The art of painting portrait miniatures has its origin with the illuminators of medieval times, whose tiny depictions of scenes from the Bible were incorporated into manuscripts. This art form developed and expanded in sixteenth and seventeenth century Europe when a demand grew for small mementos of wives and children or deceased relatives that could be carried when travellingmmuch as we carry a photogaph of our wife or family in our wallets today. Miniature portraits played an important role in the personal relations of the upper middle-class and the nobility of the time; they were tokens of affection or love. In that respect they were similar to mourning brooches containing plaited locks of the hair of the “dearly departed” that also became common in Victorian times.

Indeed, miniature portraits came to be used by the royal courts of Europe as things approaching a currency. They were given to royal favourites by the monarch, exchanged with other Kings, Princes or Ambassadors, or created to commemorate a royal engagement or marriage. As the American periodical Scribner’s Magazine commented in 1897:

the miniature, the little picture that could be covered by a kiss or hidden in the palm of the hand had an intimate and personal quality, it was a pledge of affection, often a gauge of stolen joys; it could be carried by the exiled in never so hurried a flight, could be concealed in the lid of a comfit case

Prior to the eighteenth century, miniatures were painted in an assortment of media: oil, watercolour or sometimes enamel — but watercolour nevertheless predominated. They were also painted variously on vellum, chicken-skin or cardboard, and even on copper. During the eighteenth century, however, watercolour on ivory became the standard medium, and this continued until the miniature was gradually replaced by daguerreotypes and photography about the end of the nineteenth century. The zenith of the popularity of miniature portraits, both in Europe and North America was in mid-Victorian times.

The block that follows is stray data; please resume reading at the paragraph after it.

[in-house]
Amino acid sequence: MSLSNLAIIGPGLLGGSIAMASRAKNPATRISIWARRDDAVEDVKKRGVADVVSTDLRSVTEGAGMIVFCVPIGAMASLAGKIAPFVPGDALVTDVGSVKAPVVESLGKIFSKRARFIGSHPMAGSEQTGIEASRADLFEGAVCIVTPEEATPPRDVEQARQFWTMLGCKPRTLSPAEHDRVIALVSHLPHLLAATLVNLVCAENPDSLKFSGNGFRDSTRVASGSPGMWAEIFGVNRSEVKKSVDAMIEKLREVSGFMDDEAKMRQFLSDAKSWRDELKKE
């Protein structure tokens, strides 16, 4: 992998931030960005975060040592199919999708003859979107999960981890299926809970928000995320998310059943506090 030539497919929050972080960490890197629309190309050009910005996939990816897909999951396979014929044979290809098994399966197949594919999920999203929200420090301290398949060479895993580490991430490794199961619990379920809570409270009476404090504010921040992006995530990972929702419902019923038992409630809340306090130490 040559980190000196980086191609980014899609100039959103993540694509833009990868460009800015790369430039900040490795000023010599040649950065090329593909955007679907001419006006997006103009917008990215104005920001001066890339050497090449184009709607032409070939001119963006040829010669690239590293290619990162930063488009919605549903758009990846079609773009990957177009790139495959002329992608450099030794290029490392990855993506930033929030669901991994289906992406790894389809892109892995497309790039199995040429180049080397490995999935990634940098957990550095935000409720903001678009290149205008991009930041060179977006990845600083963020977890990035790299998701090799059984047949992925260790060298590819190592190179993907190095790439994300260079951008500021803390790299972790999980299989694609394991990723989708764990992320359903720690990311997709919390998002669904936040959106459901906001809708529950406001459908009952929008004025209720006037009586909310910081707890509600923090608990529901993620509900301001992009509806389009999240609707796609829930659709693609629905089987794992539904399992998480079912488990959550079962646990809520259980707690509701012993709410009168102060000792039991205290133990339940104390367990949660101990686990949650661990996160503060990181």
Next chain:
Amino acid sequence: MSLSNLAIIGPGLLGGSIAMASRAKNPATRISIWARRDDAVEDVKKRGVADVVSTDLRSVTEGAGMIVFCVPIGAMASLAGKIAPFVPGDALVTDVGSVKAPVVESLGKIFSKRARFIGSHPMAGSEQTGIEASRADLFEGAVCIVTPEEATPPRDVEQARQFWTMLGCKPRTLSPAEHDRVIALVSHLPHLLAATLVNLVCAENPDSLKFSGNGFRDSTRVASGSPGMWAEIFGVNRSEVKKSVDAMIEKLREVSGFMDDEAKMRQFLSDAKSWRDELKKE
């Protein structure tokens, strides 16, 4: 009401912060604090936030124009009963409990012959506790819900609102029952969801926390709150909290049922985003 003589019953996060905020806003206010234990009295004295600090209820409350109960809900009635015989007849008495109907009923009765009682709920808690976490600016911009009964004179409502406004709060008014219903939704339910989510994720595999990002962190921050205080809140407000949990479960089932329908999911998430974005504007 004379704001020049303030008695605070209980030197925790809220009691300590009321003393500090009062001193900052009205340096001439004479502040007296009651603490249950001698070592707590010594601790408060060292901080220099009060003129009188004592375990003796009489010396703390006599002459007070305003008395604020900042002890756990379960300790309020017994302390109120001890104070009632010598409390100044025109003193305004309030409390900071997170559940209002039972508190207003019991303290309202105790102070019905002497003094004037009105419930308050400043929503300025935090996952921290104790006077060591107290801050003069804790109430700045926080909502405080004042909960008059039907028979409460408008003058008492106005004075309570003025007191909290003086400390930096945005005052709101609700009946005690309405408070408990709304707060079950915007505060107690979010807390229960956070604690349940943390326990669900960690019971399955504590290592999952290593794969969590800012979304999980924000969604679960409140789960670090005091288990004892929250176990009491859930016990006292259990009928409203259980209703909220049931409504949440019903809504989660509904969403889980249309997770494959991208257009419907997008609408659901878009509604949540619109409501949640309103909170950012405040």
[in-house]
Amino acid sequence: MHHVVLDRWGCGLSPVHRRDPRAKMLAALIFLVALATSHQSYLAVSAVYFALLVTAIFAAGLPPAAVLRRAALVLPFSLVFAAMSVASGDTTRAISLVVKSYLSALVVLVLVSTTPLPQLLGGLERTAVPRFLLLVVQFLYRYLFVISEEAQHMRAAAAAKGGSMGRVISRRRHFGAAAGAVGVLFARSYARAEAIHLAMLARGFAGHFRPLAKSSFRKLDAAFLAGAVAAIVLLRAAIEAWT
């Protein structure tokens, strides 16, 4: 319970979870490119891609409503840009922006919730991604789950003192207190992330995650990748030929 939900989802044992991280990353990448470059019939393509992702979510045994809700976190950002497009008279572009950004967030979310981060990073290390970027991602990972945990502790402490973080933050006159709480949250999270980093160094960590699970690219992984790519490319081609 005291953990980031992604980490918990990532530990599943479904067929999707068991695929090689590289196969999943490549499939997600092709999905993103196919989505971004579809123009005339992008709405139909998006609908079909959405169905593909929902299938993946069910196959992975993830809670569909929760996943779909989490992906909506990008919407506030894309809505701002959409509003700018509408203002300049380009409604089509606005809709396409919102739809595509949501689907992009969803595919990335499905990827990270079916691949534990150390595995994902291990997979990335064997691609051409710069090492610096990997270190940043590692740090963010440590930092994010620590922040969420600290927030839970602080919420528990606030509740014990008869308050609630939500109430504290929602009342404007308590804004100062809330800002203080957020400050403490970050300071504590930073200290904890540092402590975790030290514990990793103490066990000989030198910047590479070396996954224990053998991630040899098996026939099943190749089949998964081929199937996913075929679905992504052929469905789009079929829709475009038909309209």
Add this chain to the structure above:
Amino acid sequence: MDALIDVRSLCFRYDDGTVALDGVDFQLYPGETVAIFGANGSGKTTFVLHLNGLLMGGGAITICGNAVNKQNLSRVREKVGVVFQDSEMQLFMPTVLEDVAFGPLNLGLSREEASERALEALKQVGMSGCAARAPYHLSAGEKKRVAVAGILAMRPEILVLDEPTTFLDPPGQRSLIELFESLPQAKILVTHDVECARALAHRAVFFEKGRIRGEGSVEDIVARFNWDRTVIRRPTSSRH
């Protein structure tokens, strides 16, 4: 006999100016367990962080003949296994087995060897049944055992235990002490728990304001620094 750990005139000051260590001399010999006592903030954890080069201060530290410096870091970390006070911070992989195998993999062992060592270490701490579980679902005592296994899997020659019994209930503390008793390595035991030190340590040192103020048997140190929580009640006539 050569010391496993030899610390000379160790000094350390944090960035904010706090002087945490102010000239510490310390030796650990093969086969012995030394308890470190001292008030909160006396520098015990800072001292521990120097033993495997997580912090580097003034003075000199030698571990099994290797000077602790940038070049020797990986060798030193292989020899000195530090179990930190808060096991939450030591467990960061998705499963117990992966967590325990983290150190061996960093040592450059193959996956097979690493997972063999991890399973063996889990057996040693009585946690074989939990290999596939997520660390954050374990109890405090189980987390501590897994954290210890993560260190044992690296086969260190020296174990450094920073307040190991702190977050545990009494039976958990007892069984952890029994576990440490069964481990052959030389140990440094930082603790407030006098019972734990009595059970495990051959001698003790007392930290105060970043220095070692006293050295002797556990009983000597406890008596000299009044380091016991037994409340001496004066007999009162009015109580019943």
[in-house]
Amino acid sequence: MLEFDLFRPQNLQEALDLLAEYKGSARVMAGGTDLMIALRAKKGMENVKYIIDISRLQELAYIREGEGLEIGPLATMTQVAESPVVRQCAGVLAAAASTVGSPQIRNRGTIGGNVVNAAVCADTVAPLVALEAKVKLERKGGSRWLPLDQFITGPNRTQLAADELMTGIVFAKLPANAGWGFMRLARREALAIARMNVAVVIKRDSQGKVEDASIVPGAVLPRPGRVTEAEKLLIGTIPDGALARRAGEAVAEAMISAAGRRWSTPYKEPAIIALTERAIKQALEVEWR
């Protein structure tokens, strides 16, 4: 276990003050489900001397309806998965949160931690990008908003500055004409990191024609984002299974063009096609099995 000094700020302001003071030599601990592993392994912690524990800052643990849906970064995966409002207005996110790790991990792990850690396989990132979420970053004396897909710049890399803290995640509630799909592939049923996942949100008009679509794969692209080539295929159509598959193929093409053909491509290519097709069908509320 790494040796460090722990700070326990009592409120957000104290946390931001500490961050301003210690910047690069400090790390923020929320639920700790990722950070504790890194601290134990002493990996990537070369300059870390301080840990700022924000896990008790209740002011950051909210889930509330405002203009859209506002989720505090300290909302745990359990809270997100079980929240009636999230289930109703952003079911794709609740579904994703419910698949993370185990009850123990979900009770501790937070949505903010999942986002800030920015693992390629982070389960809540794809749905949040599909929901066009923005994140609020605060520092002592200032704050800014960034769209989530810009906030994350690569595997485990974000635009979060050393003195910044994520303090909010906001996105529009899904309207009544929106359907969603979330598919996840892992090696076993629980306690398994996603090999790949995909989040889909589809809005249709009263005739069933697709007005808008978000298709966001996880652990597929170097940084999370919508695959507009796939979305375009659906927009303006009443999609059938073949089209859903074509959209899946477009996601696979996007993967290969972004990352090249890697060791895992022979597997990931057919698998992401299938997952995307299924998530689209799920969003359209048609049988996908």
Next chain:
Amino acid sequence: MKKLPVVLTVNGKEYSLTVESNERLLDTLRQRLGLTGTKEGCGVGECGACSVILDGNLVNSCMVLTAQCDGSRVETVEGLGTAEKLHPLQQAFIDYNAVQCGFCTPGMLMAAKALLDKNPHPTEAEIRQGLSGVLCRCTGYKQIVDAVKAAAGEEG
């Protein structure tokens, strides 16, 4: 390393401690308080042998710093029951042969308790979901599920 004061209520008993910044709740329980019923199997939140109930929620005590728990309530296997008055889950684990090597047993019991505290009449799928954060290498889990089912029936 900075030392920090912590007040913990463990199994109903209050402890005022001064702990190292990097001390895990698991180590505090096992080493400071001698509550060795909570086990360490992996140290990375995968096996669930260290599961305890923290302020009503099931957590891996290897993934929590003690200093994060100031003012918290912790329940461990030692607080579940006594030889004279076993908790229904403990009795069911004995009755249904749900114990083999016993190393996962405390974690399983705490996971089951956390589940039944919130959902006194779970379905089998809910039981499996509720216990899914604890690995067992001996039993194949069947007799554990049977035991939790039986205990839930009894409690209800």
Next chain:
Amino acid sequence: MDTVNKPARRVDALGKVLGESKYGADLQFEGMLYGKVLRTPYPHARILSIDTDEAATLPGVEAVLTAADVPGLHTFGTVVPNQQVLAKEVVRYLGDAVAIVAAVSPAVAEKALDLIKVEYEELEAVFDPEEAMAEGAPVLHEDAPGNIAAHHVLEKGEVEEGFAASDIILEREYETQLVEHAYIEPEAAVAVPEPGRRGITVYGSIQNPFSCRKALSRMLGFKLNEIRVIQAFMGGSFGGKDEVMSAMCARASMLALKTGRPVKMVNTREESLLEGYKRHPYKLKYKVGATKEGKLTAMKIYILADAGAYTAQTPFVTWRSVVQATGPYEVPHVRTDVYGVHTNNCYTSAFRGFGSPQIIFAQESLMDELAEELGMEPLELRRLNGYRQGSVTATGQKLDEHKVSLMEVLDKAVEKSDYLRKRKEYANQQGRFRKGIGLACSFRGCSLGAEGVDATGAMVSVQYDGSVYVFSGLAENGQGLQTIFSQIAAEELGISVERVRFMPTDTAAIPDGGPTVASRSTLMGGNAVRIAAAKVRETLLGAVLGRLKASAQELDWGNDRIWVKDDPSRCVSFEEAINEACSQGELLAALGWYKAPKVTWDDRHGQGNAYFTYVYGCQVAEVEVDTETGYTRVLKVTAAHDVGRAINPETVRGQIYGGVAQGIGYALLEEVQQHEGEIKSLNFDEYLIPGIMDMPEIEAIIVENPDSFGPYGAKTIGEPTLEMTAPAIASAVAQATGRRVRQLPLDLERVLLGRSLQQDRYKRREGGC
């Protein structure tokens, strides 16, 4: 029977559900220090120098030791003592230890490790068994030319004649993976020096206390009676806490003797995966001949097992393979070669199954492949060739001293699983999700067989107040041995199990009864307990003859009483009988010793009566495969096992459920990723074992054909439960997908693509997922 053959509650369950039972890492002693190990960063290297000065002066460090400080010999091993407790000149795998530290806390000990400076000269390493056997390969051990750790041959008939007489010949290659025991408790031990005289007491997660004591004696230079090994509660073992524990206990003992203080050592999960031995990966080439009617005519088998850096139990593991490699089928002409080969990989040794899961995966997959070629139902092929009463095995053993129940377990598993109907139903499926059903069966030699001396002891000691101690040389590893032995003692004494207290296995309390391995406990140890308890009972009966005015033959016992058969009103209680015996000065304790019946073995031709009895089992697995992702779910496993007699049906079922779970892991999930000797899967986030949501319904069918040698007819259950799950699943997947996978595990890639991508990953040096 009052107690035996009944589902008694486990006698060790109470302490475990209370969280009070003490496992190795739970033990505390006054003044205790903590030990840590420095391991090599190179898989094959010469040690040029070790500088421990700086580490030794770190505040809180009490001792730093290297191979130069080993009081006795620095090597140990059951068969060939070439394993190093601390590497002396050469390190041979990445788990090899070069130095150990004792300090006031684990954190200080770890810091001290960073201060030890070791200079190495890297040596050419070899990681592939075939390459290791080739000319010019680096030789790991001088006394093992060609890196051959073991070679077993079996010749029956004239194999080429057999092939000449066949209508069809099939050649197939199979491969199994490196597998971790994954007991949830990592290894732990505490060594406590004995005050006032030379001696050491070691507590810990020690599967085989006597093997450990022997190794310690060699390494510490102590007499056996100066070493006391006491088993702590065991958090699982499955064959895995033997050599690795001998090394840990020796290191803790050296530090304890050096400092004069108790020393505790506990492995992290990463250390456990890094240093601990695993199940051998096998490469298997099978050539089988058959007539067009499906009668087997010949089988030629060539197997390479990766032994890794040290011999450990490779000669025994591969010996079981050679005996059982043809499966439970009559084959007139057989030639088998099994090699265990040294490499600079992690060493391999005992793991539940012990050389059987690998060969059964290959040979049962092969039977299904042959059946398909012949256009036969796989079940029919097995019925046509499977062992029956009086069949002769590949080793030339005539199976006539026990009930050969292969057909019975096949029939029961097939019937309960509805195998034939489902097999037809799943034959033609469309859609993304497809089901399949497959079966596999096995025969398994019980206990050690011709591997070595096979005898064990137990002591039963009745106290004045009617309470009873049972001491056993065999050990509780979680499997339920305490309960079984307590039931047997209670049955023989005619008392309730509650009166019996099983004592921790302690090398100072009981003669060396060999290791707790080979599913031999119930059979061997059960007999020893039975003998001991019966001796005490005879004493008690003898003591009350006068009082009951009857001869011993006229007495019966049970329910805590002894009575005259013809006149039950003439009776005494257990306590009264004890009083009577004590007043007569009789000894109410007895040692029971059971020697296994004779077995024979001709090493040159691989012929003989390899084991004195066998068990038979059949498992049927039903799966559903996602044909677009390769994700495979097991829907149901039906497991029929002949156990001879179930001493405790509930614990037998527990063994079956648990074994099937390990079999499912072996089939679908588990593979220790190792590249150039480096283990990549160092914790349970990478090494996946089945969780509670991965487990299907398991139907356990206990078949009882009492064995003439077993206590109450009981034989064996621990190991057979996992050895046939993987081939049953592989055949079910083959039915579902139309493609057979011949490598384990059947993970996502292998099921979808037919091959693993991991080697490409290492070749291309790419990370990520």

Miniatures were usually small and oval or round. Some were as tiny as 40 mm by 30 mm. They were often enclosed in a locket or a covered “portrait box”. Indeed, the housing for the portraits was sometimes decorated with elements of death or romance such as carved initials or flowers or braided locks of hair. When used for mourning, appropriate imagery was sometimes incorporated on the reverse of the locket or frame, such as mourners at a tomb. As the genre moved into Victorian times some miniatures grew larger (up to 150 mm by 200mm) and were painted in square or rectangular form, to be displayed on walls or in cabinets. The innovative use of ivory as a “canvas” was introduced by the Italian painter Rosalba Carriera in about 1700 as it provided a luminous surface for transparent pigments such as watercolour. The ivory was cut from the elephant’s tusk in thin sheets lengthways, sometimes so thin as to be almost translucent. Ivory is, however, difficult to paint on with watercolour, being greasy and non-absorbent. Miniaturists consequently roughened the surface with fine sandpaper or powdered pumice. They also bleached it in sunlight to make it more white. Another technique was to degrease it with vinegar and garlic, or by pressing it with a hot iron between sheets of paper. Some artists used a brush with a single hair, and added gum arabic to the paint to make it stickier. Some added liquid from the gall bladder of cows or bulls to make it flow more easily. Victorian society particularly appreciated the technical difficulties of painting such small fine portraits, and that led to a finer appreciation of the particular aesthetics of the genre. Generally-speaking Victorian miniatures encompassed a lighter palette of colour, monochromatic backgrounds and brushwork that exploited the translucency of the ivory on which it was painted.

Among the best-known English miniature painters of the early nineteenth century were John Engleheart (1784 to 1862) and his uncle George Engleheart (1750 to 1829) (who kept his colours in small, specially-made round ivory boxes with screw lids. He used only ivory palettes, ivory mixing-bowls, small ivory basins in sets, and ivory brush rests), Richard Cosway (1742 to 1821), and Sir William Charles Ross (1794 to 1860). Those best known in the latter half of the nineteenth century include: Alyn Williams (1865 to 1955), Maria Eliza Burt (1841 to 1931) (she married the well-known war artist, William Simpson) and the Australian Bess Norris (1878 to 1939).

Alyn Williams founded the Society of Miniature Painters in 1896, but its name soon changed to the Royal Miniature Society (on the granting of the Royal prerogative), and later still to the Royal Society of Miniature Painters, Sculptors and Gravers.


Last modified 2 May 2010